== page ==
Social Research Evidence Review to Inform Natural Environment Policy: Reports and Annex

summary:

There is increasing recognition within both policy and academic communities that many natural environment-related policy issues cannot be framed, explored and addressed through evidence from any single perspective, but require more interdisciplinary research that embraces both social and natural science (amongst other disciplines). Social science has a key role to play, not only in finding appropriate solutions to existing policy challenges (to which it is already contributing), but also in helping to frame policy challenges in alternative ways that may enable the implementation of different and potentially more effective policy responses to these challenges.

The project sought to draw together relevant social research findings from a broad and diverse evidence base and to present them in a way that is informative, relevant and accessible to Defra’s Environment and Rural Group (ERG) policy-makers. This has required project staff liaising closely with many of those within Defra’s delivery landscape. Stage 1 of the project provided an overview of the evidence across eight of Defra’s Environment and Rural Group (ERG) policy areas, Stage 2 involved three evidence reviews focusing on themes which cut cross ERG policy areas, and Stage 3 focused on the presentation and dissemination of the review findings into policy relevant formats.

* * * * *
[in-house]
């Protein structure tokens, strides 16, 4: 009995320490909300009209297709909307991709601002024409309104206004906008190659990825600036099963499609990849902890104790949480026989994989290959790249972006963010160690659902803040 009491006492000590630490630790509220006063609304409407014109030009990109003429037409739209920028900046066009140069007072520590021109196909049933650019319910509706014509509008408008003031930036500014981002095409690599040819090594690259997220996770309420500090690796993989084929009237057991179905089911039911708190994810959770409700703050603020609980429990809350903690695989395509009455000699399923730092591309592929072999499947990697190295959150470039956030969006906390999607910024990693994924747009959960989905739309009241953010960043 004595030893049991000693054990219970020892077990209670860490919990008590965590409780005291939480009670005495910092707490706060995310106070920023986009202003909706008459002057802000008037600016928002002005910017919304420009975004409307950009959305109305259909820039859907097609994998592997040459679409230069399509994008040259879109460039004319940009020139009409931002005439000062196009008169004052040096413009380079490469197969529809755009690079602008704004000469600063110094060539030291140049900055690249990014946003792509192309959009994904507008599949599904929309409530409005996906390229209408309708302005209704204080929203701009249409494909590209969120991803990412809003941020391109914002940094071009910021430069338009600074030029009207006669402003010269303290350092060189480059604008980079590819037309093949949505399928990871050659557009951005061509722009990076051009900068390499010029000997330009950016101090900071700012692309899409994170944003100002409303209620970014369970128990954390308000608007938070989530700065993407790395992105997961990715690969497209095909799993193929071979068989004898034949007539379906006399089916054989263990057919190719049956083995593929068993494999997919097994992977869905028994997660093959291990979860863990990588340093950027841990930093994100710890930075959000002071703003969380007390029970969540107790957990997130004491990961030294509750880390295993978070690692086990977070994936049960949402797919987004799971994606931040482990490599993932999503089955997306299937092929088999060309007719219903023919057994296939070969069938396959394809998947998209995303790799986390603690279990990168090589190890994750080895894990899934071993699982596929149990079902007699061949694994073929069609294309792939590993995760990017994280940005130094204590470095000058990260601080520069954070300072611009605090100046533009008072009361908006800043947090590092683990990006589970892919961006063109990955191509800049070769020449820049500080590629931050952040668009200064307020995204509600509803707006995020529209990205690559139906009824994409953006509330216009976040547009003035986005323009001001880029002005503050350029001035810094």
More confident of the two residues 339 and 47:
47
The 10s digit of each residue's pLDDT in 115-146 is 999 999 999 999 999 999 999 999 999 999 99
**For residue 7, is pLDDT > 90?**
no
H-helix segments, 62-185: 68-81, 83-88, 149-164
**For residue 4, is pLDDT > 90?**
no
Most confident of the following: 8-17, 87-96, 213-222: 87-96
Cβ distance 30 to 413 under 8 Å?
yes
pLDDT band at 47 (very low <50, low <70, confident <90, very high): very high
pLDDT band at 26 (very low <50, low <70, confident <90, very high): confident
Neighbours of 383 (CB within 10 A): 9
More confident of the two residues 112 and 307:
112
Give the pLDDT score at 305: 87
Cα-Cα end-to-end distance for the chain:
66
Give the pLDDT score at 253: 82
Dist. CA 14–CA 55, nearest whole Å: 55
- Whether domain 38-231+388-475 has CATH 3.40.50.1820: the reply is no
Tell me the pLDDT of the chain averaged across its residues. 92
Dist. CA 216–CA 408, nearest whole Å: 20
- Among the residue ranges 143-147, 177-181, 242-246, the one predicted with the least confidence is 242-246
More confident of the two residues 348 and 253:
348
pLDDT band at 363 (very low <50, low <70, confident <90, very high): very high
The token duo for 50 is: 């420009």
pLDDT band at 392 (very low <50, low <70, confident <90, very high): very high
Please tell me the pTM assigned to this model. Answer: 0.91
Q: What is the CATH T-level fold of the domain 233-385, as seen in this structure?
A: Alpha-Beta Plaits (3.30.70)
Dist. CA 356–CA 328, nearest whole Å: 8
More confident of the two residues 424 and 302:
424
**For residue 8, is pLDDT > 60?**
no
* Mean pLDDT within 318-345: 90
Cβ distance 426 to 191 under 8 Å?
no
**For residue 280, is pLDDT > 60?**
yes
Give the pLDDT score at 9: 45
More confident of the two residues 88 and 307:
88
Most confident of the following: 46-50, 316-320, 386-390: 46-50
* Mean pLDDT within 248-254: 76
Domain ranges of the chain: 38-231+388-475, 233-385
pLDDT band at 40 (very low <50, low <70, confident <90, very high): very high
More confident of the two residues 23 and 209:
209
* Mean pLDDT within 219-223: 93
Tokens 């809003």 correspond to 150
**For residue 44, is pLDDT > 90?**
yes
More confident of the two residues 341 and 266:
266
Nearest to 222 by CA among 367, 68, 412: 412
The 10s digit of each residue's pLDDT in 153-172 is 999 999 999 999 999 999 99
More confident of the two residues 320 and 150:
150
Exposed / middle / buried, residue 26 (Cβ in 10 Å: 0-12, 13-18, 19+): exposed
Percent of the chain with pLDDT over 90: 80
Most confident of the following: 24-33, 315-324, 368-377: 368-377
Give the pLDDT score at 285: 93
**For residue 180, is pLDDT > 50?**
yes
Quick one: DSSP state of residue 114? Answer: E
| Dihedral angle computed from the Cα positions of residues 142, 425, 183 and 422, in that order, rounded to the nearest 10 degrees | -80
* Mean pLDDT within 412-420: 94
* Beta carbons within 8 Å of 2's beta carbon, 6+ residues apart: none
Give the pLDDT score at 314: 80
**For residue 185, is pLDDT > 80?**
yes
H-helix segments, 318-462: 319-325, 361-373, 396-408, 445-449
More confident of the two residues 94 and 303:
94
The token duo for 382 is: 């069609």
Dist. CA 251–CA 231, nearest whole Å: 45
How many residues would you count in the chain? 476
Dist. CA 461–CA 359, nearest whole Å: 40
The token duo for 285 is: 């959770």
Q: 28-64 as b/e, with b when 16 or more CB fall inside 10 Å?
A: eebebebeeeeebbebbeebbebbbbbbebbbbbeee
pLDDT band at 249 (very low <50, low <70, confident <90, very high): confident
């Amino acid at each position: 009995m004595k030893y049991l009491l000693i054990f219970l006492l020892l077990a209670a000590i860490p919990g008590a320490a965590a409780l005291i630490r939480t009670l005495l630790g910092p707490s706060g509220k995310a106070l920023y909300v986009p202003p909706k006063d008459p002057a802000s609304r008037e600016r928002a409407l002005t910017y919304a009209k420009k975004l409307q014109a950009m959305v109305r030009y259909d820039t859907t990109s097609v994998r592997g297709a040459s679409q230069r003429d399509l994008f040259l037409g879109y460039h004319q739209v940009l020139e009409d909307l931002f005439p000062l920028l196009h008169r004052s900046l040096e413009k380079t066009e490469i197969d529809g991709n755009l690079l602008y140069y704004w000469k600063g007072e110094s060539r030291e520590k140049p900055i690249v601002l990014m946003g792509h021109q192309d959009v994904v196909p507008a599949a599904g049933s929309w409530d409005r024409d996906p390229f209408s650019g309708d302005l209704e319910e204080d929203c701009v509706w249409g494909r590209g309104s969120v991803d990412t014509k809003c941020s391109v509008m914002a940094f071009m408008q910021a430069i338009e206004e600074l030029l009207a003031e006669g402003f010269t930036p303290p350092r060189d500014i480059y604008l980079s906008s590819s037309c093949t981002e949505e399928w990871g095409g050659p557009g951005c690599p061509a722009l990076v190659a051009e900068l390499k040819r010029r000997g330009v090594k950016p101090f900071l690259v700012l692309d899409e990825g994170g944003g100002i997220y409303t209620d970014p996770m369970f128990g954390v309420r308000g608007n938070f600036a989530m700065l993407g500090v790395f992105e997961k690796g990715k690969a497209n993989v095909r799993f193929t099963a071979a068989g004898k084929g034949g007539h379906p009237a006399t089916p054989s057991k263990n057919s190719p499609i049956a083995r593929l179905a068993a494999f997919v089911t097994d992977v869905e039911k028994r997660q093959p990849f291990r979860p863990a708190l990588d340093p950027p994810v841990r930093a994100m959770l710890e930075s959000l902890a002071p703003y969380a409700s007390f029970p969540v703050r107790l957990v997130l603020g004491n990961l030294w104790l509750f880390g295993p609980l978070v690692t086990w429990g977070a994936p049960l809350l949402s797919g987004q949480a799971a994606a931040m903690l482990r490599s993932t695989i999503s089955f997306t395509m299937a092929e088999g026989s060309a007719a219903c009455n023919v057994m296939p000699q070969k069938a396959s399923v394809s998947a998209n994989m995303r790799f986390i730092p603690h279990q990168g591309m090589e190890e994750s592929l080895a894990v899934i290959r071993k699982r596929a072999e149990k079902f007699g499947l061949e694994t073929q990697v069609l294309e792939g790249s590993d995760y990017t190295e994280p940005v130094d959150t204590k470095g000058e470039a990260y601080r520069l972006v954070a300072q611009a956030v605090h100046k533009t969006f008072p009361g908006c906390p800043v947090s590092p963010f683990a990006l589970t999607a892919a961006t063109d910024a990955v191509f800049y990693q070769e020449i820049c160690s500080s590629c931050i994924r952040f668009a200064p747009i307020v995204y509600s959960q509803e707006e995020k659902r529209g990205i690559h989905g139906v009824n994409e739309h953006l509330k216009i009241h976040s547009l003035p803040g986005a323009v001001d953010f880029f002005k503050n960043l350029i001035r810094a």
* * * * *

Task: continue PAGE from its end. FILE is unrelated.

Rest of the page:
Bell, S., Vanner, R., Oughton, E.A., Emery, S.B., Lock, K. and Cole, L. (2011) Social Research Evidence Review to Inform Natural Environment Policy. Final Project Report to the Department for Environment, Food and Rural Affairs. Policy Studies Institute. Defra, London.

Associated reports

Annexes to the Final Report

Bell, S. and Vanner, R. (2011) The Big Society Concept in a Natural Environment Setting

Lock, K. and Cole, L. (2011) Public Perceptions of Landscapes and Ecosystems in the UK

Emery, S.B. and Oughton, E.A. (2011) Interventions in managing environment conflicts: what works, in what contexts and why?